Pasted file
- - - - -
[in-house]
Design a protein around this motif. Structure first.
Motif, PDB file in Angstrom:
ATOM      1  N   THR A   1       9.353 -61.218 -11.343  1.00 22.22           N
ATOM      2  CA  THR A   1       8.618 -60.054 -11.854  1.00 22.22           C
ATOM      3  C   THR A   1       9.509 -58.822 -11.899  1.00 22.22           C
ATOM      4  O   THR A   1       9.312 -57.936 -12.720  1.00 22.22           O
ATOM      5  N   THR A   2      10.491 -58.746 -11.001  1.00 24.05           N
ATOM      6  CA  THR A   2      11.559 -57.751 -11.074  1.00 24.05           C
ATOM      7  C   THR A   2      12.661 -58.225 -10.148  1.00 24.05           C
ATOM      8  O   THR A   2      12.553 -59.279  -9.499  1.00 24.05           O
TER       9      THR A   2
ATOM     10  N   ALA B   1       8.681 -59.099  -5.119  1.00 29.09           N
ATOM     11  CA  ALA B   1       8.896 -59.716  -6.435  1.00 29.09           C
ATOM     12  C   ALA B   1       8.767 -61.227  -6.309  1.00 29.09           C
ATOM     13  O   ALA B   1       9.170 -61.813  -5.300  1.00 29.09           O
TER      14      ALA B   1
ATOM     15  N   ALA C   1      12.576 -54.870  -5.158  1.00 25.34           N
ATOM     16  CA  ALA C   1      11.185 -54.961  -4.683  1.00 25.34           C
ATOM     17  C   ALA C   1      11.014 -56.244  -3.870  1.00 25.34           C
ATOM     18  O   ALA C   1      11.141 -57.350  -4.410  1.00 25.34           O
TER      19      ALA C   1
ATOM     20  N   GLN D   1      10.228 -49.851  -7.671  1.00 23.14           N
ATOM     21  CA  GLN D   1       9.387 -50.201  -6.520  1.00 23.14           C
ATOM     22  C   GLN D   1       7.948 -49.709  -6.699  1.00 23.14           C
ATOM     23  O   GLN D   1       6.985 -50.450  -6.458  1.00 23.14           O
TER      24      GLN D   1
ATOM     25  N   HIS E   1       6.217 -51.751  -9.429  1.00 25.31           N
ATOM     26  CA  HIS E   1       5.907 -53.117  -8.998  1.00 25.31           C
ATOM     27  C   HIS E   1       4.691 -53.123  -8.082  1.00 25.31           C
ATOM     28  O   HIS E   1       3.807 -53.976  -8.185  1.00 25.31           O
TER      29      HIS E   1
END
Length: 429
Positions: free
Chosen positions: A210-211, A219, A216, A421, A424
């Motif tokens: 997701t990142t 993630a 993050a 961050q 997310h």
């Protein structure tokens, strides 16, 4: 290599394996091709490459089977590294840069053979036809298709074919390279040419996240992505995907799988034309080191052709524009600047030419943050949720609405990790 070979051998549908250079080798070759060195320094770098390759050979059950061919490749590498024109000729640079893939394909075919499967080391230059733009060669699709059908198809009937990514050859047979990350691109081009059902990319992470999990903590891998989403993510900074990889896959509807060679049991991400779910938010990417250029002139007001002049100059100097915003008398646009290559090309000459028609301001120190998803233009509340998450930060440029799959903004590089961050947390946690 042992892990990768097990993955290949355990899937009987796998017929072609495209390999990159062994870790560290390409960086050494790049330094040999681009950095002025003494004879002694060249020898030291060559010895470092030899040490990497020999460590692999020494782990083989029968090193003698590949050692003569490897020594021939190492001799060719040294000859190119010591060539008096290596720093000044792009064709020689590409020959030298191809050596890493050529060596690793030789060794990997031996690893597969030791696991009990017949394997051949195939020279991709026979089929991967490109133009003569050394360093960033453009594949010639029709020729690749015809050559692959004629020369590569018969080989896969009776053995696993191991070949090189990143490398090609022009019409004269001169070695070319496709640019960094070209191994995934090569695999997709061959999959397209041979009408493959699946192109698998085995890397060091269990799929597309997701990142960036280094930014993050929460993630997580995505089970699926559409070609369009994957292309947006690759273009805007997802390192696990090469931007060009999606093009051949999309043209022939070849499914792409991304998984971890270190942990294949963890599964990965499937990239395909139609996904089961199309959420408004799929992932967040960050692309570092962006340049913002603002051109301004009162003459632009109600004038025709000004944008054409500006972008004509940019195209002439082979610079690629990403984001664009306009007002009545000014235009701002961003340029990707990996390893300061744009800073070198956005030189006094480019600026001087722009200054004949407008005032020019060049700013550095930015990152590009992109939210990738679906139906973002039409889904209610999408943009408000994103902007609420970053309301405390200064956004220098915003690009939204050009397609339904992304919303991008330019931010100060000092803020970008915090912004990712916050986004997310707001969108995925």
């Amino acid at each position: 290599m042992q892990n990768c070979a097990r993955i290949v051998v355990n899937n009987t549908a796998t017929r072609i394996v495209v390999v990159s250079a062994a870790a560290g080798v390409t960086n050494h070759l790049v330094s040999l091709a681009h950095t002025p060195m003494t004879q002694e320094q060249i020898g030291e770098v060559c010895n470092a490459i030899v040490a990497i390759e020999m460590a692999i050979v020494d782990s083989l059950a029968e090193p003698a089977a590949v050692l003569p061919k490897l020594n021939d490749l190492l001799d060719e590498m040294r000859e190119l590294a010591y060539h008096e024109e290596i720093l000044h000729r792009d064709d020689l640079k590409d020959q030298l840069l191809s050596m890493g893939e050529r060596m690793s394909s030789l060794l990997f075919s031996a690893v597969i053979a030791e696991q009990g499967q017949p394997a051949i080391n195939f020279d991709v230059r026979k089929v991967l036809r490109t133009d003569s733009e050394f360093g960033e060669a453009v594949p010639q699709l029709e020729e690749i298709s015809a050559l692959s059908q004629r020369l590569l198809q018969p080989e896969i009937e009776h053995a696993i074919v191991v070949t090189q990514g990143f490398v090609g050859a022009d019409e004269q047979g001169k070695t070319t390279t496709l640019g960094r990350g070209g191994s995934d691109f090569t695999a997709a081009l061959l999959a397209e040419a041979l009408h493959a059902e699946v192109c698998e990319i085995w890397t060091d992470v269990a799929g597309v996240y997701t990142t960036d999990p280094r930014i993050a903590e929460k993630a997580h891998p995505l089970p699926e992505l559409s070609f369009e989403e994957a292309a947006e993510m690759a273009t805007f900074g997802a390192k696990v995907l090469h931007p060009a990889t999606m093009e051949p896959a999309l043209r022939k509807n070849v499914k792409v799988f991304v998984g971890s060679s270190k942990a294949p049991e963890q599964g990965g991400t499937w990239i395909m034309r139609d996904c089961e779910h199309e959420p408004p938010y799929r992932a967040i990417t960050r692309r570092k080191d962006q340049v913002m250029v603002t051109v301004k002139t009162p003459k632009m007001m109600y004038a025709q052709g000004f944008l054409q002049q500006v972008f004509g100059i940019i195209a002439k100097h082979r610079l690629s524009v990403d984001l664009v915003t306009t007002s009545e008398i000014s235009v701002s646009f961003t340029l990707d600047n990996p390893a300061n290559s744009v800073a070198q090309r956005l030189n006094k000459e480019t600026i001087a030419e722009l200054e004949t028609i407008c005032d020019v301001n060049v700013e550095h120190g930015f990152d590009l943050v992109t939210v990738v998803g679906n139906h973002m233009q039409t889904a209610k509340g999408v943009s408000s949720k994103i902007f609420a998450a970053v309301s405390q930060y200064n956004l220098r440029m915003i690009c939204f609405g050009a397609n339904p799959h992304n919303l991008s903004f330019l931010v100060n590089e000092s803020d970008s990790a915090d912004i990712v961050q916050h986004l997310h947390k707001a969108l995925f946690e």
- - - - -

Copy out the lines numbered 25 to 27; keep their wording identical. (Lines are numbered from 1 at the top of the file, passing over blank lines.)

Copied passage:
ATOM     22  C   GLN D   1       7.948 -49.709  -6.699  1.00 23.14           C
ATOM     23  O   GLN D   1       6.985 -50.450  -6.458  1.00 23.14           O
TER      24      GLN D   1